So what do I think I have learnt:
1) Don't start too early in the season. The initial growth phase for several erect species seems to be lateral, and these prostrate shoots will flower. For example, Polygonum monspeliense will erroneously key to the coastal neolittorale before it develops its distinctive main stem. Once it has the latter it is unmistakable.
2) Mid-July to end of August seems optimal for recording all taxa. They are at peak growth and have established their mature morphology.
3) From September onward it is still possible to record, especially in late sown crops e.g. sugar beet where plants will still be fresh, but you need to be mindful that plants will be increasingly tatty and clothed in mildew, they may have a second growth spurt that dilutes there distinctive morphology (similar to, for example, Taraxacum; so not a problem specific to this genus, some taxa have narrow seasons), and environmental influences can influence morphology and/or flower colour (some of this is revisited below).
Does the key in Sell & Murrell work well. I would say yes and no, and its another reason why it is good to familiarise yourself with as much material as possible before fixing identifications of specific plants. This seems to be a genus that is exceptionally hard to build a key for given the morphology of the species concerned and the plasticity that can result from growing conditions. For example, a plant on moisture retentive or nutrient-rich ground will likely grow larger or more etiolated than one on less favourable ground, making it harder to build a definitive key. This does not in any way undermine the validity of the taxa which can usually be readily distinguished by eye. The key seems to use those traits that are most definitive based on optimal/typical material. But this may not be what you find in the field, so its really important to review the full description and then interrogate other options if this does not seem a good match. I found populations of small Polygonum monspeliense quite widely and in the early days mistakenly took them for P. agrestinum. I only realised my mistake when (a) noticing the plants were otherwise identical to good material of the former, and (b) finding the latter in the stubbles of recently harvested arable fields.
I look forward to picking this genus up again next year and looking further afield.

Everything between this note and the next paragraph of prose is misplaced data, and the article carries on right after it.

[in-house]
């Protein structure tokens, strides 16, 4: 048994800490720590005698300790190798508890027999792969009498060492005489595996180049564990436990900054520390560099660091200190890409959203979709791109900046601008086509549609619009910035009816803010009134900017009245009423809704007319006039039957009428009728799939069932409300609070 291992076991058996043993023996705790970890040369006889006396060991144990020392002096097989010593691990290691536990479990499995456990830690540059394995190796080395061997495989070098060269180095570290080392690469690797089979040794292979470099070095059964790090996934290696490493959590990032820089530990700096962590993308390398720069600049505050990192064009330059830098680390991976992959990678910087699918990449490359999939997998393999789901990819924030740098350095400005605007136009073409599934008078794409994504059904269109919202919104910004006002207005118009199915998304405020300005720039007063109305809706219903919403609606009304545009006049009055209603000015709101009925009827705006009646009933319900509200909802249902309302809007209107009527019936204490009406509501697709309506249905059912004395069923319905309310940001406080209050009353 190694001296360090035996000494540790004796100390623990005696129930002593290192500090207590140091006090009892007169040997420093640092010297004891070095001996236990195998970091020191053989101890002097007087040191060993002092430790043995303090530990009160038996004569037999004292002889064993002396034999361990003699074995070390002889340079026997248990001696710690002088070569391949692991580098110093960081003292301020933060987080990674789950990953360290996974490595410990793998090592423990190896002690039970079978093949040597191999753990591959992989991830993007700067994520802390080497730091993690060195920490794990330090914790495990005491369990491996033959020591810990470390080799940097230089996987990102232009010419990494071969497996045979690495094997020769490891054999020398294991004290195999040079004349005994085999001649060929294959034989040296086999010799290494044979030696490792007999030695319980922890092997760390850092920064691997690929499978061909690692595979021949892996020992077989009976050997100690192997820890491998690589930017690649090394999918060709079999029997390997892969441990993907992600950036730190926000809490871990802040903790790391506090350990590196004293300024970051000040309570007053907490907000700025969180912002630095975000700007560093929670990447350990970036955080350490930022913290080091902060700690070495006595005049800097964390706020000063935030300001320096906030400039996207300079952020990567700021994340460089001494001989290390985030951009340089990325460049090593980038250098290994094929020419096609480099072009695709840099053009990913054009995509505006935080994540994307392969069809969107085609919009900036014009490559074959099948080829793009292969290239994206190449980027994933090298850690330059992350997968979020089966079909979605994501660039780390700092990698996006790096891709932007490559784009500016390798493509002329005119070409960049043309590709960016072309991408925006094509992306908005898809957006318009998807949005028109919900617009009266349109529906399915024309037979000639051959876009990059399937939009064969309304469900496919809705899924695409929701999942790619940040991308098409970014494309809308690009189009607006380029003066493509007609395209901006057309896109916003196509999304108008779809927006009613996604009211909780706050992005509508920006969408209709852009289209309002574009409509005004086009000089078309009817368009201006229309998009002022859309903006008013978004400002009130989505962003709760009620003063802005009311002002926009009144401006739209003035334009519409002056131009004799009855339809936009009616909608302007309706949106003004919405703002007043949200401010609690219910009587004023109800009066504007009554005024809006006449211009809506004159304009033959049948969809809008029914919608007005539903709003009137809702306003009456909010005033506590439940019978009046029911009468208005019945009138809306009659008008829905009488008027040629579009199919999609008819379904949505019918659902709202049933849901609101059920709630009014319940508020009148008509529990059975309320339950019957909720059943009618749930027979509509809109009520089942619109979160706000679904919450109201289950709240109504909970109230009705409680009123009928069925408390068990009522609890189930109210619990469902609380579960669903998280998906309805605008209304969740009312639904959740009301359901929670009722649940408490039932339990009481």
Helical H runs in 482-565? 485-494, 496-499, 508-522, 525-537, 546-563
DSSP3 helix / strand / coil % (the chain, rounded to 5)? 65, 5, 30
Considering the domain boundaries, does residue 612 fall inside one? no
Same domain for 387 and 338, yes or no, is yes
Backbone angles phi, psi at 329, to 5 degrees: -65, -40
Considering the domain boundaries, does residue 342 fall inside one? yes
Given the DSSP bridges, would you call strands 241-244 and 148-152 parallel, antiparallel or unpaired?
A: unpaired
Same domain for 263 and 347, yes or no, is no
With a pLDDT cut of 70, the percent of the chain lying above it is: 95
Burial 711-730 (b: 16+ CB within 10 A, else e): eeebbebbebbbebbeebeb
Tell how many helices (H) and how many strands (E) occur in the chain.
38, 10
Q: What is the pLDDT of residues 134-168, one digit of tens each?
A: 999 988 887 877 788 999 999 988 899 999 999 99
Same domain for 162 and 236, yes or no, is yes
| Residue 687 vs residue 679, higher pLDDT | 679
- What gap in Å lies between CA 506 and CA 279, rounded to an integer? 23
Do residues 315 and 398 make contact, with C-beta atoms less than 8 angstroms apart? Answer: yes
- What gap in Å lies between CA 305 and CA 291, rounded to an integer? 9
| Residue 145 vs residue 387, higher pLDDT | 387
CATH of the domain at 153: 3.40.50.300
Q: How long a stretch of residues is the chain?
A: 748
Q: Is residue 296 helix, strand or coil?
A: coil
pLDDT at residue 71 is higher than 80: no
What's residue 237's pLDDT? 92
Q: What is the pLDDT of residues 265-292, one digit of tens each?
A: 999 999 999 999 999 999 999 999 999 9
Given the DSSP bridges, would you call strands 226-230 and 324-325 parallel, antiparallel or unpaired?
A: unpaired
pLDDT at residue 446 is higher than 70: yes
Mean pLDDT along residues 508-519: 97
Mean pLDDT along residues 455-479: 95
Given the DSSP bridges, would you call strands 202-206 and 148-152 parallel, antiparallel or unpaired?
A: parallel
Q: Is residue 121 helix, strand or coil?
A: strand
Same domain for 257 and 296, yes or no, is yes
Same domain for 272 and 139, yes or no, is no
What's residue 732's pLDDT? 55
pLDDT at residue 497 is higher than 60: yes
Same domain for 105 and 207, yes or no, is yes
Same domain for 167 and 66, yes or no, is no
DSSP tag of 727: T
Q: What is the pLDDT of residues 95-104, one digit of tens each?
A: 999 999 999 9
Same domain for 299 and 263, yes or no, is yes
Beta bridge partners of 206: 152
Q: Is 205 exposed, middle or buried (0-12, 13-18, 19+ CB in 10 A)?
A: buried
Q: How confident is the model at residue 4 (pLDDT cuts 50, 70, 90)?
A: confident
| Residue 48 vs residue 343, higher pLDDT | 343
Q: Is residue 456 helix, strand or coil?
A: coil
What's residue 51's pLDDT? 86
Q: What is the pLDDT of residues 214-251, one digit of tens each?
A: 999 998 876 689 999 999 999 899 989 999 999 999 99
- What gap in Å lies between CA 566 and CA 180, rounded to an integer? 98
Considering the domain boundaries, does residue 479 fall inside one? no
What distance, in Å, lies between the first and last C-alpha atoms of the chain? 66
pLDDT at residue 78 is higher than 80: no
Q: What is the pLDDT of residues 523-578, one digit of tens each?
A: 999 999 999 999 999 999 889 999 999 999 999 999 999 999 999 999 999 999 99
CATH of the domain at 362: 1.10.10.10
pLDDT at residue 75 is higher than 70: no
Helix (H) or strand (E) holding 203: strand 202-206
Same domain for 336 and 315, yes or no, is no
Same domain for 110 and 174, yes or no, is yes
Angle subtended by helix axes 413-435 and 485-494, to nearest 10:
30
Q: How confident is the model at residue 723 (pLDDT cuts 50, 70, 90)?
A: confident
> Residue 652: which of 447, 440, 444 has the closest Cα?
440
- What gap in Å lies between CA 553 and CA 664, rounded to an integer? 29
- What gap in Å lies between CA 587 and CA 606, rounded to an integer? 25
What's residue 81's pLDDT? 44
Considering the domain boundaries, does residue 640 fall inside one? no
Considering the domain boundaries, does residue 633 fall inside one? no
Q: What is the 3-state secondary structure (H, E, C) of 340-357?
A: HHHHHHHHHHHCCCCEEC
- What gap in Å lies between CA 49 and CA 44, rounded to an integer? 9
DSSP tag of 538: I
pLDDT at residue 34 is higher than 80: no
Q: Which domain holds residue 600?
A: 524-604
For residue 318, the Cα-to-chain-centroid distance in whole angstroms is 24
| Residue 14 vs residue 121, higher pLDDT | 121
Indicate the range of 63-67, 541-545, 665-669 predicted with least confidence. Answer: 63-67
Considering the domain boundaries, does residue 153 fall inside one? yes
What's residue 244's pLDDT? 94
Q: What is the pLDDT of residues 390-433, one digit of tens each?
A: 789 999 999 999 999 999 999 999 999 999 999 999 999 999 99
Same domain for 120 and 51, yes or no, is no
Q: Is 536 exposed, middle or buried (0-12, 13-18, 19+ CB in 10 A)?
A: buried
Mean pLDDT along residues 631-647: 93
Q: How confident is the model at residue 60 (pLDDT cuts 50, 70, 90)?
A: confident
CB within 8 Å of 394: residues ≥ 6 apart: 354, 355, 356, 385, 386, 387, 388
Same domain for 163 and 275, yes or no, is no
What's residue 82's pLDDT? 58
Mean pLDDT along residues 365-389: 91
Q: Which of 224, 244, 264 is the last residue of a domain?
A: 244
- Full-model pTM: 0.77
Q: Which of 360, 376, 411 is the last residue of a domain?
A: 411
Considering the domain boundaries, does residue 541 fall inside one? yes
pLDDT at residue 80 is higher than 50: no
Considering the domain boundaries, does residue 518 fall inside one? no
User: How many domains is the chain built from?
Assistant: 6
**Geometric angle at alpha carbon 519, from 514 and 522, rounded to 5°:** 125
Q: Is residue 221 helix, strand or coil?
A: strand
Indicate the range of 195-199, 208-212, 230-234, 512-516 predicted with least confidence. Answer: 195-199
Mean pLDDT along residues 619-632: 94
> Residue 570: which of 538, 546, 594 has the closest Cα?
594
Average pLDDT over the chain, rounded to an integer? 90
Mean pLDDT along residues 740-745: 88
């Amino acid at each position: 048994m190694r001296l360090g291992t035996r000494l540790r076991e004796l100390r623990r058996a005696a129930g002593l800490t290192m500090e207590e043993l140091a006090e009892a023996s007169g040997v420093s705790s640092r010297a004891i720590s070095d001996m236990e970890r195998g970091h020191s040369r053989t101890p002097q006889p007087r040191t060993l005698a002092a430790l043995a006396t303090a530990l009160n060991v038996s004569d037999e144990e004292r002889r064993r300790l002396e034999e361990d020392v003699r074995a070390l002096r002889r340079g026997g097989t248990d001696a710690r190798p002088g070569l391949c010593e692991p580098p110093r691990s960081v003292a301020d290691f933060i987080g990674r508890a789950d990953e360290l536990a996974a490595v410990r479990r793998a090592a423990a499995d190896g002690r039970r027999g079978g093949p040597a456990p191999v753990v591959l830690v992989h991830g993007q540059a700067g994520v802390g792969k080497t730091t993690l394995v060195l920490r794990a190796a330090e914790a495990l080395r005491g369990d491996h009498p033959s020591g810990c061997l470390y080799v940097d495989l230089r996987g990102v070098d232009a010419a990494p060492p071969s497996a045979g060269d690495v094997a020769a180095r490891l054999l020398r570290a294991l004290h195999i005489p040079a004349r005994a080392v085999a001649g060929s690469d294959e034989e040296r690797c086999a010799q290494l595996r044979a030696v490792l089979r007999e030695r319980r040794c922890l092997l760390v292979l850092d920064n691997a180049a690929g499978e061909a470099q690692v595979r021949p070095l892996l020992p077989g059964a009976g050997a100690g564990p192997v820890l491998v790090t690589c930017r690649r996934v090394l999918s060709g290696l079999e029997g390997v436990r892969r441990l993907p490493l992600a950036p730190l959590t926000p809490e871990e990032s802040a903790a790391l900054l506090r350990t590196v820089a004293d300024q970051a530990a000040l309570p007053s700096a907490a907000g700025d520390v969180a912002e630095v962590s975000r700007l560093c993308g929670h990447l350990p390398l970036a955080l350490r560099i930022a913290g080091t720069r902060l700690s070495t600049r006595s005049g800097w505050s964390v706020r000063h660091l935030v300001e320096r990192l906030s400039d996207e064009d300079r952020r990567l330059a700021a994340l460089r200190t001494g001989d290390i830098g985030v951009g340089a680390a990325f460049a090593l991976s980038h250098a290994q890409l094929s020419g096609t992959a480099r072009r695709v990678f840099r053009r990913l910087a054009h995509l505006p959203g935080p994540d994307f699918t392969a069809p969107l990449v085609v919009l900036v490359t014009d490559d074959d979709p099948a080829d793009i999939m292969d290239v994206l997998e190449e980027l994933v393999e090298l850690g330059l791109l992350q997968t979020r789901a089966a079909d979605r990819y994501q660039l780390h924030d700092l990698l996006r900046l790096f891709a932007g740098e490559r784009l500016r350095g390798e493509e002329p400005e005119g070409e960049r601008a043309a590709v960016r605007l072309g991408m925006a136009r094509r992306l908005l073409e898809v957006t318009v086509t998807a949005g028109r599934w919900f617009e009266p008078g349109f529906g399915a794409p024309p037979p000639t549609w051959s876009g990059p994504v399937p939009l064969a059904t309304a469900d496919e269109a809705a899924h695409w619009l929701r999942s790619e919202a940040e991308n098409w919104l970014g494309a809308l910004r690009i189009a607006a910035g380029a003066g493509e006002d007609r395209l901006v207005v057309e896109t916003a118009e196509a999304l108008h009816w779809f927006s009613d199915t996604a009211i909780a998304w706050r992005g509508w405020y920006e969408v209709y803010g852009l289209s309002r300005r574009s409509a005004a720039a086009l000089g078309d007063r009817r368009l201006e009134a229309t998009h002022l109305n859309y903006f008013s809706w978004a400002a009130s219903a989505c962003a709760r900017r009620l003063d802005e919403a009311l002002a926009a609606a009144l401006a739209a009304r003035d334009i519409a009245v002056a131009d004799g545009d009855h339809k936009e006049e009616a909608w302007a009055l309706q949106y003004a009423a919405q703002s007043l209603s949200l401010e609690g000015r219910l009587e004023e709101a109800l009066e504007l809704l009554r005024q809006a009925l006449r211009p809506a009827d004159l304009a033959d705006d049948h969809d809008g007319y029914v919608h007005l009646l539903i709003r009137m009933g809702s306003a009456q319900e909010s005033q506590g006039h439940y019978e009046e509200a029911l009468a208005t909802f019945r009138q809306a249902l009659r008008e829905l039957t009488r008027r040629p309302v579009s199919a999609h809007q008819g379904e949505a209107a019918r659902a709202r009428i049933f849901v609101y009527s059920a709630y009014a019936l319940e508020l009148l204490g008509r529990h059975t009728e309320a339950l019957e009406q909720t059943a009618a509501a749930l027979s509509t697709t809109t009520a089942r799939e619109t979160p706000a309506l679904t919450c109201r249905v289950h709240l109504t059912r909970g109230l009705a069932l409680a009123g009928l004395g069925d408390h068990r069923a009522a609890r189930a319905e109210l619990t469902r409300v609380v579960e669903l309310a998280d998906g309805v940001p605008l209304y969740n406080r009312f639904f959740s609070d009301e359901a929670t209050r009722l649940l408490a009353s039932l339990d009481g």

The species as I understand them follow below (P. rurivagum is mainly a southern species so is not included in this account based on West Yorkshire). I hope this is of help to others:
Common Knotgrass Polygonum aviculare sens. str.
This erect species is widespread, but not necessarily abundant, in a wide-range of habitats. It is often to be found in field gateways and at the edges of paths, where it can form dense stands. Very distinctive if narrowly defined. It's not very heterophyllous for an aggregate species defined by this characteristic! It is also one of the few species easier to identify earlier in the year (June to early-July) before it runs to flower and becomes more elongated. Until then it has a relatively dense cover of relatively uniformly sized large leaves.
Broad-leaved Knotgrass Polygonum monspeliense
For such a large, distinctive and widespread species I found it surprising that I had overlooked it consistently till now. It seems inarguable as a species. It is present in arable fields (often with at least two other species), on drawdown zones, and at the edges of roads. In the latter habitat it is typically much smaller but retains the same distinct jizz. It is strongly heterophyllous, with a small number of large broad leaves contrasting with a number of very small leaves, but the foliage is relatively sparse given the long internodes. It has a tall erect stem with long branches, sometimes flopping over late in the season. Early in the season it starts as a prostrate plant with a low number of robust branches at ground level, before throwing up the single erect main stem.
Note that for the photograph the lowest branches have been swept up adjacent to the main stem but were originally prostrate, they are comparable in length to the latter.
A smaller plant with otherwise comparable morphology. It would likely key using Sell & Murrell to P. agrestinum, but is too heterophyllous for that species.
Typical habit and habitat. The best that can probably be said of this photo is that it shows how easy it can be to overlook this species amongst arable crops when it is not being specifically searched for
Creeping Knotgrass Polygonum chamaechyton
This species is strictly prostrate. It is the grey-colour of the plant, its long internodes and typically rather chunky ridged stem that give this species its jizz. The foliage can be rather variable in size/width between plants/populations, but the species otherwise seems relatively straightforward. It is abundant in arable fields, and other bare ground. The flowers, especially in bud, are typically a brilliant rose-pink.
Arable Knotgrass Polygonum agrestinum
Common in arable fields and urban habitats. An erect to ascending species with more than one main stem, weakly heterophyllous, the leaves are rather narrow and relatively small, The general impression is a sprawling plant with intertwining stems. Quite easily overlooked amongst cereal stubble and associated arable flora, including P. aviculare, chamaechyton and monspeliense.
This is the same plant as photographed above. It looks rather different out of context.
Naked Knotgrass Polygonum denudatum
This is the one that seems least plausible given it is such an oddity. I have only seen it twice on heavy ground, once on a drawdown as a small colony and once as a single large plant in a sugar beet field. It doesn't appear to have been defoliated by insects and the absence of leaves on the main stem contrasting with the tufts at the tips is rather striking. It is a prostrate plant, and I assume it is more leafy earlier in the year. If so it provides a further note of caution against attempting identification of Polygonum species too early in the summer. I'll be happier about this one once the weight of records and images is there to provide greater confidence in its existence, but I am not in position to disagree with its validity given the history behind the name and my limited experience. I look forward to seeing more of this quirky plant.